Boeing Boeing (1965) starring Tony Curtis, Jerry Lewis, Thelma Ritter
Boeing Boeing follows the lives of American journalist Bernard (Tony Curtis) and his competitor Robert (Jerry Lewis) in Paris. To clarify, Bernard is juggling romances with three different women who are stewardesses. And have opposite schedules; Bernard’s “engaged” to all three! And juggles schedules so that they never meet. Until, of course, they do!
Boeing Boeing is a “sex farce” that centers around a U.S. newsman (Tony Curtis) stationed in France. First, he is engaged to three different beautiful stewardesses. That is to say, by keeping a careful schedule, he’s able to keep each of them ignorant of the other two. With the help of his suffering housekeeper (Thelma Ritter). However, he has no interest in actually marrying any of them. In short, he’s what we used to call a “cad”. He’s the protagonist of the story. But I frankly find it hard to root for him, since he’s essentially unlikable.
Meanwhile, two things conspire to throw a monkey wrench into his plans. First, the various airlines have upgraded their planes, so that the stewardesses are now arriving sooner. Secondly, a rival newsman (Jerry Lewis) invites himself to stay at the overcrowded apartment. With a touch of blackmail, of course. And he’s also unlikable.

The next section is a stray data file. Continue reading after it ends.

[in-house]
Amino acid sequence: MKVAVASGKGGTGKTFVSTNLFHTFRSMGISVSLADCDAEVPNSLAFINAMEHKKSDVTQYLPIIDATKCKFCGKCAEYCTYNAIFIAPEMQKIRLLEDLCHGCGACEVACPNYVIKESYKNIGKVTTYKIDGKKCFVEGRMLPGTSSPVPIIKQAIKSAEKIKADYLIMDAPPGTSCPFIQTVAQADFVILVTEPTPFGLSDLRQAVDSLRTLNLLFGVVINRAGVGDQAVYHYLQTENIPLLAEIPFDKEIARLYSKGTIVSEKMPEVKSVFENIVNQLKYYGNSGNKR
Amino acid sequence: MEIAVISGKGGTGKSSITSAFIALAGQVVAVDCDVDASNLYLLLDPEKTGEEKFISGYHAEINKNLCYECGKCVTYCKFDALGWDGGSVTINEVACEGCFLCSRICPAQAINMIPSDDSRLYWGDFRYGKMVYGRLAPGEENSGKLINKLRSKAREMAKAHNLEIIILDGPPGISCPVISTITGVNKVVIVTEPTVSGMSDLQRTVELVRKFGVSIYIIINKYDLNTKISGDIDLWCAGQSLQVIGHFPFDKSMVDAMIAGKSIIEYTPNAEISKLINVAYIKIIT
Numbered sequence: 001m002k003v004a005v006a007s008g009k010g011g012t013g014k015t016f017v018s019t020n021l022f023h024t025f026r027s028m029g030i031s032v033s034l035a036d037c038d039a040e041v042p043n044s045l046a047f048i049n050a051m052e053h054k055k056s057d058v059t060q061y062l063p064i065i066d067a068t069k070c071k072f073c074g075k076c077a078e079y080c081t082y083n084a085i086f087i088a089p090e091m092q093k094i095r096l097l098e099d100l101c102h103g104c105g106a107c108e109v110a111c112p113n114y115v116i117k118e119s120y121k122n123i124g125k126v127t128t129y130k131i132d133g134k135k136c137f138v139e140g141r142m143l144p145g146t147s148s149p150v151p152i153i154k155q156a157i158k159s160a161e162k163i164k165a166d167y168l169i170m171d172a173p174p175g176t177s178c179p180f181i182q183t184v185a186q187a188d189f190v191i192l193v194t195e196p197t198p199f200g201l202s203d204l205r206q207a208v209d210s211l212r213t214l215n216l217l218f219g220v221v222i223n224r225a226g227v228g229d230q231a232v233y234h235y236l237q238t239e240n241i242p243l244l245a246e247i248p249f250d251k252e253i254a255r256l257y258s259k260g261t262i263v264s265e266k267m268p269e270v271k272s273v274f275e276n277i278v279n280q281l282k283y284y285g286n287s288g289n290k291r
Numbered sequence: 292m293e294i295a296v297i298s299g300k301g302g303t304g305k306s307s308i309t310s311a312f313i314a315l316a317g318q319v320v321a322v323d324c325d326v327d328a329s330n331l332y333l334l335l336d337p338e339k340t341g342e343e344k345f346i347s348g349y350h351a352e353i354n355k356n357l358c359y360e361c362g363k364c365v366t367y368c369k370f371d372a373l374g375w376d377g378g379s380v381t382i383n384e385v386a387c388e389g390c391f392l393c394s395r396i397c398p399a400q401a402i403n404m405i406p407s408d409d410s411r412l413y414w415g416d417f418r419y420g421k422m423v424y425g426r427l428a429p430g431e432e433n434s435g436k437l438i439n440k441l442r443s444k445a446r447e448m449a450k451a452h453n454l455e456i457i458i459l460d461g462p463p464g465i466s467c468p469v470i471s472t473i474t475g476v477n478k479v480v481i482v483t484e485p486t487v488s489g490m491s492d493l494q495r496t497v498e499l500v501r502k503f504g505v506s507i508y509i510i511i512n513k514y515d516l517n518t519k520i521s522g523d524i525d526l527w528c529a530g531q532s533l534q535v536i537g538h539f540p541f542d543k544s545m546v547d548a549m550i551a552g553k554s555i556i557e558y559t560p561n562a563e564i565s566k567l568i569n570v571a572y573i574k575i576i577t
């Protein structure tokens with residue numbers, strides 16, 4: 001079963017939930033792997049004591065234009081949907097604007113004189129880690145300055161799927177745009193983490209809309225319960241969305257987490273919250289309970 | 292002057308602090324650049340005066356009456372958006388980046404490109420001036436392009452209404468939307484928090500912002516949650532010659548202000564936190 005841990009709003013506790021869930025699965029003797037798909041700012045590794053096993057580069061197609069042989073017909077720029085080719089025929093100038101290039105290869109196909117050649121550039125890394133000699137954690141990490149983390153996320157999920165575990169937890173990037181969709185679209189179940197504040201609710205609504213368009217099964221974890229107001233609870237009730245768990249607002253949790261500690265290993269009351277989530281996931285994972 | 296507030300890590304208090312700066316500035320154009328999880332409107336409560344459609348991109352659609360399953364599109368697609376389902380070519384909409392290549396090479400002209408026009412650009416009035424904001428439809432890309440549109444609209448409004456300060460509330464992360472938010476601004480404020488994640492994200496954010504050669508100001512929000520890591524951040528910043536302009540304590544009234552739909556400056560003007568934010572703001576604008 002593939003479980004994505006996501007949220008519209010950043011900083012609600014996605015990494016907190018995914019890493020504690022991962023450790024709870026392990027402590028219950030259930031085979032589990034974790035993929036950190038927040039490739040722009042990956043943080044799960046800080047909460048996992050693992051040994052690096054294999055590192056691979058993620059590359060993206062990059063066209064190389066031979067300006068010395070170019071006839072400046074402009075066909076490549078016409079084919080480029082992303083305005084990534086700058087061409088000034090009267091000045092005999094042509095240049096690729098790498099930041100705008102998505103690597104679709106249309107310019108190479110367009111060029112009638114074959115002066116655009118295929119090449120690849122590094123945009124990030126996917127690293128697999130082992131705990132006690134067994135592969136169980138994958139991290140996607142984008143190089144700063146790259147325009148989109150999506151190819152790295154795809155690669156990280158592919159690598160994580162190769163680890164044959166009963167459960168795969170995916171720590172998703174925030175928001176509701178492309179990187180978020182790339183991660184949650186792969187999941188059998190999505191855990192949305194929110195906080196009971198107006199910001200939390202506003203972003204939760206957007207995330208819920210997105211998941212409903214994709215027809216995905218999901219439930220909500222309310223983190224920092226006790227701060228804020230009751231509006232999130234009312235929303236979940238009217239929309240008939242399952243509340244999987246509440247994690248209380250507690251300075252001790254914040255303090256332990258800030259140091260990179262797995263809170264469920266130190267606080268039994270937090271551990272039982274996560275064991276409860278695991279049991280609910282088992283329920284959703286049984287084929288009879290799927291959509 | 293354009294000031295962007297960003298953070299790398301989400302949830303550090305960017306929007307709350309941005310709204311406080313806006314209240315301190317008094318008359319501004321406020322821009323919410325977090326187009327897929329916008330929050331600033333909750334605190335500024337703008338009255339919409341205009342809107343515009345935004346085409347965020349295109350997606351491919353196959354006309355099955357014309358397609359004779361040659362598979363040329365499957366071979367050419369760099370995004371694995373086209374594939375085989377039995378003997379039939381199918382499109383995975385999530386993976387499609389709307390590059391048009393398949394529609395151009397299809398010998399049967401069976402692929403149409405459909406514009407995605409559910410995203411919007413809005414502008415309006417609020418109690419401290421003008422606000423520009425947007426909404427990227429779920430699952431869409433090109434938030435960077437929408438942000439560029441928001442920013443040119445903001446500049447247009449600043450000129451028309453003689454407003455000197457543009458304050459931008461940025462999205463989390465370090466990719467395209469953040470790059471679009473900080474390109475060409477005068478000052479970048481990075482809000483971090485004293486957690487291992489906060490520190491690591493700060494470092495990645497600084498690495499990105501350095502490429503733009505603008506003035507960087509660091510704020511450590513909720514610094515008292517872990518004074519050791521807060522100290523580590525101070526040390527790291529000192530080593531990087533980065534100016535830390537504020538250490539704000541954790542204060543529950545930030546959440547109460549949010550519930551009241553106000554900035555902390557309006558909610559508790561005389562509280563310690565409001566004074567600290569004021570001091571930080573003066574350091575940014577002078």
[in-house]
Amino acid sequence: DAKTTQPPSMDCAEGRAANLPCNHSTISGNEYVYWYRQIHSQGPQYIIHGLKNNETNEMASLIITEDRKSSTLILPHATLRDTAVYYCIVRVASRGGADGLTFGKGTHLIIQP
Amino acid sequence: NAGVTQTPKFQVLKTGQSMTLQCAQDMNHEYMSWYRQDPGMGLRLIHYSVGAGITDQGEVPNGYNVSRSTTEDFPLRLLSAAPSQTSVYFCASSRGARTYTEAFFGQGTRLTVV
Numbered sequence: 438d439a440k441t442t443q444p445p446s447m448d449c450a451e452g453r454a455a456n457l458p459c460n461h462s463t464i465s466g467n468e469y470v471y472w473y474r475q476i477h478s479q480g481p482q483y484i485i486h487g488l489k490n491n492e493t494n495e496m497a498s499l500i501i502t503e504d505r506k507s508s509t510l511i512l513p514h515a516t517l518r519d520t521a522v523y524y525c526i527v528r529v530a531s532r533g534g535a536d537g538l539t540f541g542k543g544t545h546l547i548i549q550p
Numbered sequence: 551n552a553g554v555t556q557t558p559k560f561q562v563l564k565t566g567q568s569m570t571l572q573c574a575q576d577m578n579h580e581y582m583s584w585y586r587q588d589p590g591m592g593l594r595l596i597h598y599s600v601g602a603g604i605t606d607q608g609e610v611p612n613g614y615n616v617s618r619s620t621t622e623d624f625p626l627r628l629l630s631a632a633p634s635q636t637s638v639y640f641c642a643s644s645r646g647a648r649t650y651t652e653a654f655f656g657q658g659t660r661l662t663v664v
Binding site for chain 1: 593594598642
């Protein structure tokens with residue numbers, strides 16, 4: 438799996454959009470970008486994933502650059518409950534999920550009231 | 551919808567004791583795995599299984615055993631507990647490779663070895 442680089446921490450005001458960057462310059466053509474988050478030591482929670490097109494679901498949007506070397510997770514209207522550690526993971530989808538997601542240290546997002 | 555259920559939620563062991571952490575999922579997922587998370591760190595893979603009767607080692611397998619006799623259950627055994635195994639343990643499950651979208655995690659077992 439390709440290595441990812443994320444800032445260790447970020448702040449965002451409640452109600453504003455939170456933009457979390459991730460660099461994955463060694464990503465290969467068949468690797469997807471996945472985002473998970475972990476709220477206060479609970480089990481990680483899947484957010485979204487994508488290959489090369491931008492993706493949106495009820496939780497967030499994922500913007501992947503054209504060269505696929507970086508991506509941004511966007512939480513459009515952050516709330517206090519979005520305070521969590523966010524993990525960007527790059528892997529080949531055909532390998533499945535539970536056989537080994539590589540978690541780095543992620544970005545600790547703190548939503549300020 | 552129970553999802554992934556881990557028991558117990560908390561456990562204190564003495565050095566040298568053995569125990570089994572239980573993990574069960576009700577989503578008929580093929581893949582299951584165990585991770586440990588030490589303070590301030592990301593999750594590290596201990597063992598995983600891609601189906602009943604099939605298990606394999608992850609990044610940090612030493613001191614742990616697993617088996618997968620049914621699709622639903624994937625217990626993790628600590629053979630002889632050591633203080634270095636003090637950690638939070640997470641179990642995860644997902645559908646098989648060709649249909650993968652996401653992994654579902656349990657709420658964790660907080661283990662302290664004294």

I have to say, I don’t recommend Boeing Boeing. Neither of the two protagonists are likable, and as the ending of the movie demonstrates, neither has learned a thing.
Editorial review of Boeing Boeing courtesy of Amazon.com
From the stage, adapted for the screen. Bernard Lawrence, an American correspondent stationed in Paris, has tricked each of three women into believing she is his fiancée. They are British Vicky Hawkins, German Lise Bruner, and French Jacqueline Grieux. Each of them, stewardesses for their respective national airlines, has a different schedule, enabling Bernard to share his apartment with them one at a time. Bertha, the housekeeper, arranges the apartment into different styles of furniture and food for each of the women.
This arrangement is disturbed when the airlines switch to the new powerful jets, enabling the women to spend more time in Paris. Robert Reed, Bernard’s friend, arrives in Paris without a hotel room and stays in Bernard’s apartment. Robert soon realizes Bernard’s trouble and forces him to let him move into the apartment. Both men attempt to keep the women from discovering the arrangement, but after a series of incidents, they give up and flee in a taxi from the angry women. They discover that the driver, a pretty young woman, has two roommates who also drive the taxi on the other two shifts. Bernard begins to make plans for a new arrangement.